The September 13, 1917 issue of The Bossier Banner touted itself as being in “a class by itself” and then proceeded to prove it.  The Bossier Banner was described on its front page under the name of the paper as “A weekly newspaper for the common people—untrameled [sic], progressive, conservative.”

“The Banner is the only country weekly newspaper we know of anywhere that has for upwards of a quarter of a century always refused all liquor advertisements.  We have lost some money on that account, but nothing in prestige.”

“The Banner makes fewer contracts with proprietary medicine concerns than any other country weekly newspaper we know of anywhere.  We have lost money on that account, but we have spared the people and have avoided the cheapened appearance that would have resulted for the paper.”

“The Banner is one of the few country weekly newspapers we know of that does not sandwich paid reading notices promiscuously between its local and personal paragraph.  We have lost some patronage on that account, but we have spared the patience of the Banner readers and at the same time greatly enhanced the appearance of the paper.”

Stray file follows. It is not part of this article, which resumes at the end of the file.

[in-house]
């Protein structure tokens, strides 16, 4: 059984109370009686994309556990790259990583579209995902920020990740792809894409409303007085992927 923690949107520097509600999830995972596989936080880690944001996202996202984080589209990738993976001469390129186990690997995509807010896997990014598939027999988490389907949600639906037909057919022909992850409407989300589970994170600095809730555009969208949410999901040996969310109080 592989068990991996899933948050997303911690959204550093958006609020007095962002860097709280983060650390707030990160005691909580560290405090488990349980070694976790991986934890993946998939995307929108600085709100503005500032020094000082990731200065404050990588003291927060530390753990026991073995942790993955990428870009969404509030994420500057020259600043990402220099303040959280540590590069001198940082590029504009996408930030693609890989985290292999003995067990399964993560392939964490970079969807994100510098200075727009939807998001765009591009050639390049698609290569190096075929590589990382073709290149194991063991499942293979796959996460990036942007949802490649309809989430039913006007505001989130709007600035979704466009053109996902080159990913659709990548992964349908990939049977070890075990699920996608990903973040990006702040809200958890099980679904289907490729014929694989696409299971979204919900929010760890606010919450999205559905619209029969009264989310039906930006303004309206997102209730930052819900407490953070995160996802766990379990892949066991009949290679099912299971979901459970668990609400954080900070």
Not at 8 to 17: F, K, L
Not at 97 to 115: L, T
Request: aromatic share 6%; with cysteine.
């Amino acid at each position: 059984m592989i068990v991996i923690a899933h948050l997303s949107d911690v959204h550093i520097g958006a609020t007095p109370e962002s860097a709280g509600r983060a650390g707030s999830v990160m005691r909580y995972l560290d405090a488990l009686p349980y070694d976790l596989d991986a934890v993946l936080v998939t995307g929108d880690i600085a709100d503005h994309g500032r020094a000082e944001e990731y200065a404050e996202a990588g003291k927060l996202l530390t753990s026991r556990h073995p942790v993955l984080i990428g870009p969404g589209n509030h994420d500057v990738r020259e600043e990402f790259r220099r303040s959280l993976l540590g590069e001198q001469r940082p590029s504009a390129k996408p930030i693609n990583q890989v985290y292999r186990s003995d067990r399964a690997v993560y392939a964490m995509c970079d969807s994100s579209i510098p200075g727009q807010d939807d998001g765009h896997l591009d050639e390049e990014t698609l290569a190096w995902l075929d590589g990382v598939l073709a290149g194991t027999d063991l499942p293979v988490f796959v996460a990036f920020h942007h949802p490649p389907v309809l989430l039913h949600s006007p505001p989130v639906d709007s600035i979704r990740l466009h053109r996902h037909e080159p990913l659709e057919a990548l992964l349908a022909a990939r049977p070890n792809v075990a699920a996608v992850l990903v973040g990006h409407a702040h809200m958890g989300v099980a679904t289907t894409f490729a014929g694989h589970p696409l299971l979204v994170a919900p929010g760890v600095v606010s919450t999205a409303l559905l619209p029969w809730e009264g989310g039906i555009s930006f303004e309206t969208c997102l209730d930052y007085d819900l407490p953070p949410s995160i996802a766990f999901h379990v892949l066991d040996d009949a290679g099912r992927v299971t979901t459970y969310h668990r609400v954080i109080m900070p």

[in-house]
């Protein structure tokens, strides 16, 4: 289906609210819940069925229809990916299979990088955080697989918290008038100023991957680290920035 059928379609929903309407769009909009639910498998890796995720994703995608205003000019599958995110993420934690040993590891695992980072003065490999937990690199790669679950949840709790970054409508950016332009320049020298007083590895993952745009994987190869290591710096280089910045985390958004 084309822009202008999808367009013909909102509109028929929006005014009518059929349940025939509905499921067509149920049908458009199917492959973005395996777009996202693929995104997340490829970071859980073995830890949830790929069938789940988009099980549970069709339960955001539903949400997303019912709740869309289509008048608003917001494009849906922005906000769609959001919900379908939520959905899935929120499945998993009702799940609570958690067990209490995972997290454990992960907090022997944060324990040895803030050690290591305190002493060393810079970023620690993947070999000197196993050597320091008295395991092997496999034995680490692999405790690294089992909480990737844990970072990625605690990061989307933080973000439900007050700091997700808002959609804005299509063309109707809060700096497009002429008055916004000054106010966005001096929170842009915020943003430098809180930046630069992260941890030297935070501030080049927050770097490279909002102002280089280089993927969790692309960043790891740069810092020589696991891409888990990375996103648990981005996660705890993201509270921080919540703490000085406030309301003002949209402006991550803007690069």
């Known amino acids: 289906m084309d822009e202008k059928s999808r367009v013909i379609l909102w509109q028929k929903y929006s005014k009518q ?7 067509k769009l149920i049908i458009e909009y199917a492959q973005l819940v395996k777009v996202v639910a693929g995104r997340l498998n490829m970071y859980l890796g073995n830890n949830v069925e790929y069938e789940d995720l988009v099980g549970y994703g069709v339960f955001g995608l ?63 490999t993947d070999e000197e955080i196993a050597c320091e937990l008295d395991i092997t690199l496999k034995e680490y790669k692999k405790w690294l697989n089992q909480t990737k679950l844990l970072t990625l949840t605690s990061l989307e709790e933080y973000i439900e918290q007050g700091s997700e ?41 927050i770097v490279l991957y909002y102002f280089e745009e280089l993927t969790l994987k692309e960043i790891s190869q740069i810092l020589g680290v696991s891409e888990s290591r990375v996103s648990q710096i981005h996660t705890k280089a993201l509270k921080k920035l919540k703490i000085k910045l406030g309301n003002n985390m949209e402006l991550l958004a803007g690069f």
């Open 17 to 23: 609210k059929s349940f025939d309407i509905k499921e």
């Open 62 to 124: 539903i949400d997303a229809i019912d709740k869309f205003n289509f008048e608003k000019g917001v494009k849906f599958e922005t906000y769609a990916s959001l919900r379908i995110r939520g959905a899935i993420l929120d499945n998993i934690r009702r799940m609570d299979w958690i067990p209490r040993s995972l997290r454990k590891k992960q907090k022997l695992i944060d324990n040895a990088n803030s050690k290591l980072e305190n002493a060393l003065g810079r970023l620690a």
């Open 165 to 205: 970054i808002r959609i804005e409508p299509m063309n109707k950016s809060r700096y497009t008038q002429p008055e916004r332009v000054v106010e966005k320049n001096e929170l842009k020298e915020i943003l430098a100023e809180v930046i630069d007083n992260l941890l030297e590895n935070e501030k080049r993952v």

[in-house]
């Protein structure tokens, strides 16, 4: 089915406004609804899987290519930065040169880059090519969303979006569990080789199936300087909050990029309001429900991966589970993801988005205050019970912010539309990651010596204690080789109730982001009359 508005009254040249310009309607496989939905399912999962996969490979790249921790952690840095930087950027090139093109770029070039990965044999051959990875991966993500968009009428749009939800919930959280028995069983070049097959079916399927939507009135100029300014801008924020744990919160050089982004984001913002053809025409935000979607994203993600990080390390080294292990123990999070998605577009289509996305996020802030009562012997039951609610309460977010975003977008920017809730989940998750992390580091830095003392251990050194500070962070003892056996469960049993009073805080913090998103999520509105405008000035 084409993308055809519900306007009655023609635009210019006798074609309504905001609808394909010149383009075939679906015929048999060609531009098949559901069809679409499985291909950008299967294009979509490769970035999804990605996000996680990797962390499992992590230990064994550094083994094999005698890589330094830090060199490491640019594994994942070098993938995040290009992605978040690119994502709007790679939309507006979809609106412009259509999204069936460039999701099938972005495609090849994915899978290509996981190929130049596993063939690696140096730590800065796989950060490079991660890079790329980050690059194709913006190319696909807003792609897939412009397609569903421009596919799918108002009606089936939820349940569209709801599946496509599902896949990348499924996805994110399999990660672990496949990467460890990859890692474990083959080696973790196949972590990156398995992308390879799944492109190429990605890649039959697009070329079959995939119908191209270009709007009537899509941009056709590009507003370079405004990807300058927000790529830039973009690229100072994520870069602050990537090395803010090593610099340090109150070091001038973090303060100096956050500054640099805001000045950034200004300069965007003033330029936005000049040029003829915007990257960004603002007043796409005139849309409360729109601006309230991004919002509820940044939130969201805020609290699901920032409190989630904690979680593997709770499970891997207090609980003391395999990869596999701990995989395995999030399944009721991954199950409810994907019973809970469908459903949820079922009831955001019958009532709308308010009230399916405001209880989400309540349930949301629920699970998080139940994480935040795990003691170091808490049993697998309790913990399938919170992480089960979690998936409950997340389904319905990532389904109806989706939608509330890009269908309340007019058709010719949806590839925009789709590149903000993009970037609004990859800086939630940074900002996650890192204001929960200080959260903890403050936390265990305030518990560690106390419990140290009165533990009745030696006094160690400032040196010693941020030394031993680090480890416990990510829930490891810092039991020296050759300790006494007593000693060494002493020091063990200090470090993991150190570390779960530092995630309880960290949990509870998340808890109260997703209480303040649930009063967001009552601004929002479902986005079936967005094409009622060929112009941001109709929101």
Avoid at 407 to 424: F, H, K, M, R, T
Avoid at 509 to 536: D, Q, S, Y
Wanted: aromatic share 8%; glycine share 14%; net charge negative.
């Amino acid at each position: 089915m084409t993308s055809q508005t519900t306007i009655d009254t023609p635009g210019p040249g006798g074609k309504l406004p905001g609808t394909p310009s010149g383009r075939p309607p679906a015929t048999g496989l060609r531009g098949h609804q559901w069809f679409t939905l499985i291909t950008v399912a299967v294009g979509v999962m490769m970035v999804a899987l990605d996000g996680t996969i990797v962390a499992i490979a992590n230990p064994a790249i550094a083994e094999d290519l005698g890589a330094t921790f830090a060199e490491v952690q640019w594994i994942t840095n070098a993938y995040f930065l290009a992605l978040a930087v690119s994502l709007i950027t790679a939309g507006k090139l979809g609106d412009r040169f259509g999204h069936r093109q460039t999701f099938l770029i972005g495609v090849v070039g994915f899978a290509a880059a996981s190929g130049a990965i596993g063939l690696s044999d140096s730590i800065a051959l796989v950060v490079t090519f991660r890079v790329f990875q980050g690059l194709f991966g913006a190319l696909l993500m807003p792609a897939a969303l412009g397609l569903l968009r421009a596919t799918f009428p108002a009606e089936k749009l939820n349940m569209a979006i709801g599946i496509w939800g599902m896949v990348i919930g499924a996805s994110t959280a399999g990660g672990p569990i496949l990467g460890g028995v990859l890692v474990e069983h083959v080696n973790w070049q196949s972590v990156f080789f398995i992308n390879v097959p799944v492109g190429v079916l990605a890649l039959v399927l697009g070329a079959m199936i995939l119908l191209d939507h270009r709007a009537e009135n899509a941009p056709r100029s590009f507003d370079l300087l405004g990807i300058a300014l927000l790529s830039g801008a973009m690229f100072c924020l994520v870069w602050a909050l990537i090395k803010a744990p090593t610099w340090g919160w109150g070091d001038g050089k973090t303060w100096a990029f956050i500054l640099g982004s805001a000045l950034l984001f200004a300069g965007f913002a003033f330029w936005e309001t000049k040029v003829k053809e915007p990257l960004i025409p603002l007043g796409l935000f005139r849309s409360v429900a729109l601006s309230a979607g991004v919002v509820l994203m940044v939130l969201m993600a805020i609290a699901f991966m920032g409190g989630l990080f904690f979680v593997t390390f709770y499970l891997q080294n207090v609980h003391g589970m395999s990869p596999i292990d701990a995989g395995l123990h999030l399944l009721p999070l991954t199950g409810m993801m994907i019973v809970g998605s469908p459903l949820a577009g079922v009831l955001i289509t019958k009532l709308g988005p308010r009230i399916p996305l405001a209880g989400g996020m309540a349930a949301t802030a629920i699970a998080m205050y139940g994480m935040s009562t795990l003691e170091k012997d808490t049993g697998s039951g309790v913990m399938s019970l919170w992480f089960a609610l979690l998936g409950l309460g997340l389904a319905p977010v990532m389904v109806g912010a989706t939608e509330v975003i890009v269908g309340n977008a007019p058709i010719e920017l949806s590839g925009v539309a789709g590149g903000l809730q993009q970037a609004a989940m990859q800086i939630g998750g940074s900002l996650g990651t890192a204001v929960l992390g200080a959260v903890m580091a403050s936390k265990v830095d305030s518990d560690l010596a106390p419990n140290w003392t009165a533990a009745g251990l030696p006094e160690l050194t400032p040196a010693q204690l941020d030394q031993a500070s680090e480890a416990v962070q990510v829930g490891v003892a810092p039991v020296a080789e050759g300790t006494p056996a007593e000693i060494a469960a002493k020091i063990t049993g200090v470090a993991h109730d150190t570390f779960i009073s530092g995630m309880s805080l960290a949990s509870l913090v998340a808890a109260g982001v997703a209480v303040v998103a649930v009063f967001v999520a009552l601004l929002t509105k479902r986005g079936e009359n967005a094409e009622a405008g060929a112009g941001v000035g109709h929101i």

“The Banner is one of the few country weeklies in this state that has in its office a Linotype machine, and prints its entire paper in the town of publication.  Also, it can safely be said that none other has a more painstaking make-up or a neater general appearance.”

“The Banner is the only country weekly newspaper we know of that was for more than fifty-seven years under the ownership and editorial management of one man.  It enjoys that uninterrupted record, save for its suspension during the Confederate War.  It now has a new owner, occasioned through the death of its founder, but is still in the same family.”  Writer’s note: William Henry Scanland, Sr. was the founder of the Bossier Banner.  He died in 1916 and his wife Adelaide Abney Scanland became the owner.

The praise continued: “Being well established, having a paid circulation, and enjoying such as reputation as is attained to by few country weeklies, it necessarily follows that the Banner is a good advertising medium.  It is a well-established truth that through its columns is the quick and cheap way to reach the buying public of Bossier Parish.”

Visit the Bossier Parish Library Historical Center to enjoy an exhibit featuring the history of The Bossier Banner.

Ann Middleton is Director of the Bossier Parish Library Historical Center. She can be reached at (318) 746-7717 or amiddlet@state.lib.la.us